Council spars over financial action

Published 7:31 pm Monday, October 21, 2019

During Monday’s Selma City Council work session, council members again found themselves at odds with one another over a proposal from Selma City Councilwoman Miah Jackson that the panel should be consistently voting to approve expenditures made beyond payroll, a move she believes could have caught shoddy contracts and missed payments.

“What we should have is a plan in place,” Jackson said. “You shouldn’t be able to walk in…and say I need a check and get it immediately.”

Despite the fact that Jackson noted that the move was described as a requirement by the Alabama League of Municipalities, Selma City Councilman John Leashore immediately raised concerns that the process would impeded day-to-day operations.

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Selma City Councilwoman Susan Youngblood agreed and recommended that the proposal be tabled until public examiners have finished their investigation.

“I wouldn’t push this if I didn’t feel like we were being derelict in our duties,” Jackson said. “All I’m asking is that we approve or deny payments. We don’t have any internal controls.”

For their parts, Selma City Council President Corey Bowie and Selma City Councilman Carl Bowline expressed support for the measure, though Selma City Councilwoman Angela Benjamin expressed concern that it would create unneeded oversight of discretionary spending.

In the end, Jackson stated that she would strive to send the League’s recommendations to council members Tuesday, with an eye toward bringing the proposal to a vote.

Elsewhere in the meeting, Selma Police Department (SPD) Interim Chief Robert Green brought three items before the council – first, he described difficulties he has faced in drafting a contract for a retired officer to come on board as a firearms instructor; second, Green described a program for running down people with warrants that is costing the city over $16,000 annually; third, he informed the council that “Weed and Seed” grant money, to the tune of nearly $330,000 was now available and would be used to purchase equipment for the SPD’s tactical unit.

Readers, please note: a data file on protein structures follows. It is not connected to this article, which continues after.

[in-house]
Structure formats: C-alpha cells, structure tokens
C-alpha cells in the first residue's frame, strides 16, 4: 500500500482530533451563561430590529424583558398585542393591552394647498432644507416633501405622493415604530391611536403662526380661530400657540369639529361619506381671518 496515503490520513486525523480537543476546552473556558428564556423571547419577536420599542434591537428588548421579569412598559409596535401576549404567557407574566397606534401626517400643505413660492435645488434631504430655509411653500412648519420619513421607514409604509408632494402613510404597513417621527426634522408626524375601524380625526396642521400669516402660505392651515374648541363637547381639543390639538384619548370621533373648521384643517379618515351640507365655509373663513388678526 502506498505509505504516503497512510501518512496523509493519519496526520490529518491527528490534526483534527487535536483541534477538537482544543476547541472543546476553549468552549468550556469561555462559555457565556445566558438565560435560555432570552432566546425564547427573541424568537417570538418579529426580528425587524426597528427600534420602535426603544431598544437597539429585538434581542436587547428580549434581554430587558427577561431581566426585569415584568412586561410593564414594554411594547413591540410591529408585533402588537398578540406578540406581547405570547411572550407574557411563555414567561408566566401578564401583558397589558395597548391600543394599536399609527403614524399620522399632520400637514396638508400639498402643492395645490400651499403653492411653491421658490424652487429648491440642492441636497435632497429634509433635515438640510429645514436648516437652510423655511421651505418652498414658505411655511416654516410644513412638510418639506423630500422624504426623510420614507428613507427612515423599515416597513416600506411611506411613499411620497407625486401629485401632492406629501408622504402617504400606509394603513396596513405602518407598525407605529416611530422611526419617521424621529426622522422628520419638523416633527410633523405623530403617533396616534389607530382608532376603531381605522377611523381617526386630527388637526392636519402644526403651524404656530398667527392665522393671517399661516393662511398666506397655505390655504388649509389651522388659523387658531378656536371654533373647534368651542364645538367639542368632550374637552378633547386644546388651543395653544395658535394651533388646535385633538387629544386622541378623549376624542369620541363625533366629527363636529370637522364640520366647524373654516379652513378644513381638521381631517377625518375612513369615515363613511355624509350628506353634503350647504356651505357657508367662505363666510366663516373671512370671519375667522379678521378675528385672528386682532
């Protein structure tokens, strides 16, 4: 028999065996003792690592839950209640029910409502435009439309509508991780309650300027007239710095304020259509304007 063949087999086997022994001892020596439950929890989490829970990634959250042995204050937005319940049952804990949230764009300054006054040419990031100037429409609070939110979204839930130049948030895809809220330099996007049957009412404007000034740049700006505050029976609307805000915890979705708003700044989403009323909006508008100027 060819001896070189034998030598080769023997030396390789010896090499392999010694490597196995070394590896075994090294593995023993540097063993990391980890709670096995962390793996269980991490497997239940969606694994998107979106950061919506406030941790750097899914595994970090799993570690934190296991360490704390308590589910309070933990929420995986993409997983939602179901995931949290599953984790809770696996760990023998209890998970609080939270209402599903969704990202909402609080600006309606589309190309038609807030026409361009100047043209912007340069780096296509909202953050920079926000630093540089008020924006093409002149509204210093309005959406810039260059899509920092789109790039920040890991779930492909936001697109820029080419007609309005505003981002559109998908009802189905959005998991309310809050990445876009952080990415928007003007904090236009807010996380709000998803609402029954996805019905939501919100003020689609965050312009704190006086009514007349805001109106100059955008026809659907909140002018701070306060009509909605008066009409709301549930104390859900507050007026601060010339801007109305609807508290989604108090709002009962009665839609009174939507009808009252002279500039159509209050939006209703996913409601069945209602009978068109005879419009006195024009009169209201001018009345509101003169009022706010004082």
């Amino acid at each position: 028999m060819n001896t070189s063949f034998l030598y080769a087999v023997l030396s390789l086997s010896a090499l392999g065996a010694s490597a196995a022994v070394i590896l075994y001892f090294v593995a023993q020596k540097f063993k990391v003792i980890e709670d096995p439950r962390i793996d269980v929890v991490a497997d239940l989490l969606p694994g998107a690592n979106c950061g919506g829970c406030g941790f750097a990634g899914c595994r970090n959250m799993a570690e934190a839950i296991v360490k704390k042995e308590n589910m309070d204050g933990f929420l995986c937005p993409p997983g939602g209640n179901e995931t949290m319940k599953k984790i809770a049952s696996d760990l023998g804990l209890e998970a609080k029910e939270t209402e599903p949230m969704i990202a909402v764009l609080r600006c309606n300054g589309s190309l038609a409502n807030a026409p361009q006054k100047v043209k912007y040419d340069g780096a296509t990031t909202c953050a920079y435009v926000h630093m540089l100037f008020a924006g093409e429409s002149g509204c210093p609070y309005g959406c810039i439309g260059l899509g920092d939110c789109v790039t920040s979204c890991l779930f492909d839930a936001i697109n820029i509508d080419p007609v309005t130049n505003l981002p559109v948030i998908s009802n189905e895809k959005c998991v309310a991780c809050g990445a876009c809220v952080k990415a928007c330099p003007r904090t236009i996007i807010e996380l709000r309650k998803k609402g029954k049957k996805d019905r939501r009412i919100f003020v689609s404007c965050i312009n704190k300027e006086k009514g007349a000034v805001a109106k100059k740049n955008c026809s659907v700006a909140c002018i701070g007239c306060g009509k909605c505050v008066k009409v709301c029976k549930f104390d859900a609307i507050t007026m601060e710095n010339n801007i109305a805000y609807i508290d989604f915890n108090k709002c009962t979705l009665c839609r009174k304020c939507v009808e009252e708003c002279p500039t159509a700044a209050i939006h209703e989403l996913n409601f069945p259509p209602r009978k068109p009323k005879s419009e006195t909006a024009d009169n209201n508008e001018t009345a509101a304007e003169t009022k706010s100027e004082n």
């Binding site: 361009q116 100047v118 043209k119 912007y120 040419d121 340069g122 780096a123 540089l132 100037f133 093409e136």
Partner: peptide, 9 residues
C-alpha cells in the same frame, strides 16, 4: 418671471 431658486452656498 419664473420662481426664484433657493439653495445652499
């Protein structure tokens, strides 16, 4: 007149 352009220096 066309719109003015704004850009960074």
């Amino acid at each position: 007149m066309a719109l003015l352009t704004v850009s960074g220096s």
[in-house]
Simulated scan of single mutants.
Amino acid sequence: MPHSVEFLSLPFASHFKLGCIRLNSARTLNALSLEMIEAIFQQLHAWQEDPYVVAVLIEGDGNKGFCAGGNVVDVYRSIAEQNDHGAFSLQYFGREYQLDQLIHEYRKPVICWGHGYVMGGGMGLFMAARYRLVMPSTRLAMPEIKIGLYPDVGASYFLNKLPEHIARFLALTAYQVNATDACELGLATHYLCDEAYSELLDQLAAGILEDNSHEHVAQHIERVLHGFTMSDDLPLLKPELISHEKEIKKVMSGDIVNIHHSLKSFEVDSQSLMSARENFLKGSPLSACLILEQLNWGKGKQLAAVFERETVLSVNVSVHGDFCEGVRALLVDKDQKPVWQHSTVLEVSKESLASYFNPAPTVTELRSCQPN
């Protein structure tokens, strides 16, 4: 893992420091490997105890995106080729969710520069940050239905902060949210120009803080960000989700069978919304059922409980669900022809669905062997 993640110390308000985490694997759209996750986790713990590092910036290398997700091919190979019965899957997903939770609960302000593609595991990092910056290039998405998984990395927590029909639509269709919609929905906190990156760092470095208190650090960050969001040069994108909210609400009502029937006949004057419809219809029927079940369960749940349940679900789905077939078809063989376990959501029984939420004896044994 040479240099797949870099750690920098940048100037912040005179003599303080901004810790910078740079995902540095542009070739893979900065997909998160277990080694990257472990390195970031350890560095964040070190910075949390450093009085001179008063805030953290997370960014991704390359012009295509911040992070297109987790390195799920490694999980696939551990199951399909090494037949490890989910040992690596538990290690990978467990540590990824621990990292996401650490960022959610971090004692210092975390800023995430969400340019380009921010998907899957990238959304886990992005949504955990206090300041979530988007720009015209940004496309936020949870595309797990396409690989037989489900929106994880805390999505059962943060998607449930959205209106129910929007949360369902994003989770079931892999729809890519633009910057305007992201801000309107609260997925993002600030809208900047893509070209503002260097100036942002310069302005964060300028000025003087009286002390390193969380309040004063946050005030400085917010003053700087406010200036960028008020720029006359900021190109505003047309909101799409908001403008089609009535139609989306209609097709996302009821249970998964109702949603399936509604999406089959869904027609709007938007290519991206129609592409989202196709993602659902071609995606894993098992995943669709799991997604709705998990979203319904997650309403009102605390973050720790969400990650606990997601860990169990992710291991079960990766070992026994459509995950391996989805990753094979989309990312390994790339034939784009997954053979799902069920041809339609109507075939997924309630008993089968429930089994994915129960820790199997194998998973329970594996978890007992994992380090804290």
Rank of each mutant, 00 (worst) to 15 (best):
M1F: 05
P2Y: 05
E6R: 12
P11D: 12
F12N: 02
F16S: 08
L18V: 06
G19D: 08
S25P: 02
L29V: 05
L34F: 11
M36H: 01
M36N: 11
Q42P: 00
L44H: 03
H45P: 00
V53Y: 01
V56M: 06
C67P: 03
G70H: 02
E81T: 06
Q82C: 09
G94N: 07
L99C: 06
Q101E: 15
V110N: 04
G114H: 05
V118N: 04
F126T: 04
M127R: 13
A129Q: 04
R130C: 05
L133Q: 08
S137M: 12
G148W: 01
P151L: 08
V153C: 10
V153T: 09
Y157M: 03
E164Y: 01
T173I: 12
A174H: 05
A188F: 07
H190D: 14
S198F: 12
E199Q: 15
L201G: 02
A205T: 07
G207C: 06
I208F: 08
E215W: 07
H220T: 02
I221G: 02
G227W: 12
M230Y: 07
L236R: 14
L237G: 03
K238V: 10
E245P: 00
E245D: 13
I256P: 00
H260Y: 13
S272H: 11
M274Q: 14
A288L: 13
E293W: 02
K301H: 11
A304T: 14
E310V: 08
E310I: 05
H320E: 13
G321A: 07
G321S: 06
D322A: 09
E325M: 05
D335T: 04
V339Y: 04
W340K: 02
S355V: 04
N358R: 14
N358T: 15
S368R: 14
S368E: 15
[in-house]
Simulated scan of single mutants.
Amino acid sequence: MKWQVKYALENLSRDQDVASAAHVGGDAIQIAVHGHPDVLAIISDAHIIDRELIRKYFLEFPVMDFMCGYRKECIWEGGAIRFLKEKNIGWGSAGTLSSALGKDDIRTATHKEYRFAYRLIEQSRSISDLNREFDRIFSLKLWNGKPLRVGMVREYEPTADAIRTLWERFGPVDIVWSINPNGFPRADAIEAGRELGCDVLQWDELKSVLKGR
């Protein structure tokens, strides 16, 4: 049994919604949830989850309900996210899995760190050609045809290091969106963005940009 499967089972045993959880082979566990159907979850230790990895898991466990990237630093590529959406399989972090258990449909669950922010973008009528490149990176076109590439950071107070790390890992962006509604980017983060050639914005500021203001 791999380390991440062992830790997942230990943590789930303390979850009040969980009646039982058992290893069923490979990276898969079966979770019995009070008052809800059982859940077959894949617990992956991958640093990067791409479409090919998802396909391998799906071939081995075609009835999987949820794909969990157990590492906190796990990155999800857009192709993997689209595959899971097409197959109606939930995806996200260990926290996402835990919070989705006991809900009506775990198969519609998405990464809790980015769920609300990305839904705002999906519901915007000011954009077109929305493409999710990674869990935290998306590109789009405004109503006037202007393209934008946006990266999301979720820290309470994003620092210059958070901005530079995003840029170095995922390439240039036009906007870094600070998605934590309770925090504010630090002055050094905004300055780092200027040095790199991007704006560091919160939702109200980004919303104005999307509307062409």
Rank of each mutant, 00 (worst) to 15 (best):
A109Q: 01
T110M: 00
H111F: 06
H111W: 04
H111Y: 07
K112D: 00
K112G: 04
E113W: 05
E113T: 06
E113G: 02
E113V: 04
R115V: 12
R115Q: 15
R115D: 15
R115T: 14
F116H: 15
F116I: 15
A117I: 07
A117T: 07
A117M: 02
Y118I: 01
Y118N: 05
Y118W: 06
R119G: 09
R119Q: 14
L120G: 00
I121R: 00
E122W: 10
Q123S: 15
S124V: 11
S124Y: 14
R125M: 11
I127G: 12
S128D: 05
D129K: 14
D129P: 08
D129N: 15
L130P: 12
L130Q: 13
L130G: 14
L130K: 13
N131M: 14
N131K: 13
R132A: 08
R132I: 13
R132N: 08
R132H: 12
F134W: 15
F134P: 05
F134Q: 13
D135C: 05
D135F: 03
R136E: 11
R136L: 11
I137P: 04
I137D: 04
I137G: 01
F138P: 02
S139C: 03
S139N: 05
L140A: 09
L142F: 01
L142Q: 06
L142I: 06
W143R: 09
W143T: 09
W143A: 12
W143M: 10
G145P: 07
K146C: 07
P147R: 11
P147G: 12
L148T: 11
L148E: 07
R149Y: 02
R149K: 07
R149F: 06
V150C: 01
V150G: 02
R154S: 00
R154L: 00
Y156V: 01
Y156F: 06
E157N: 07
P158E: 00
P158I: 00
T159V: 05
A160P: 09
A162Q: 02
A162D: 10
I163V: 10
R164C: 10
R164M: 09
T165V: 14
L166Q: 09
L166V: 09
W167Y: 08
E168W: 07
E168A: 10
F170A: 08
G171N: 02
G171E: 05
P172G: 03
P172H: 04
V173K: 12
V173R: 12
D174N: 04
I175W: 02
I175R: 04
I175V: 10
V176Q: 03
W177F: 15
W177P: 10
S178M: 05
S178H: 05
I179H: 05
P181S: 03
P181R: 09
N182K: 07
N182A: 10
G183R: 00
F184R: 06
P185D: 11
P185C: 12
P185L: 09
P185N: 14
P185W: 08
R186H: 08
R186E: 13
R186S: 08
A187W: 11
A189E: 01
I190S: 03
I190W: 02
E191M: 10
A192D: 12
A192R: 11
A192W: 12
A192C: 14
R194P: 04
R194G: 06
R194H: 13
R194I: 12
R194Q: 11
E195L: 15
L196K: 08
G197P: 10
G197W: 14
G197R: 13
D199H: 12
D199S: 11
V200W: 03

As far as the contract to bring a retired officer on board for firearms training, Green said he “ran into trouble” with the mayor’s office and has since passed the contract along to Selma City Attorney Woodruff Jones, who was not present for Monday’s meeting.

In terms of the warrant program contract, Green stated that, short of “extenuating circumstances,” there was little the city could do to get out from under the agreement.

However, the fact that former SPD Chief Spencer Collier singularly signed off on the contract, ignoring city protocol that contracts receive a signature from the department head and the executive branch, might give the city an opportunity to cancel the deal.

Elsewhere in the meeting, the council agreed to place a request from Judge Bob Armstrong on Tuesday’s consent agenda.

Armstrong is asking that his Hope Academy program be housed in the Dallas Academy building once the heating and air conditioning units have been installed at the location.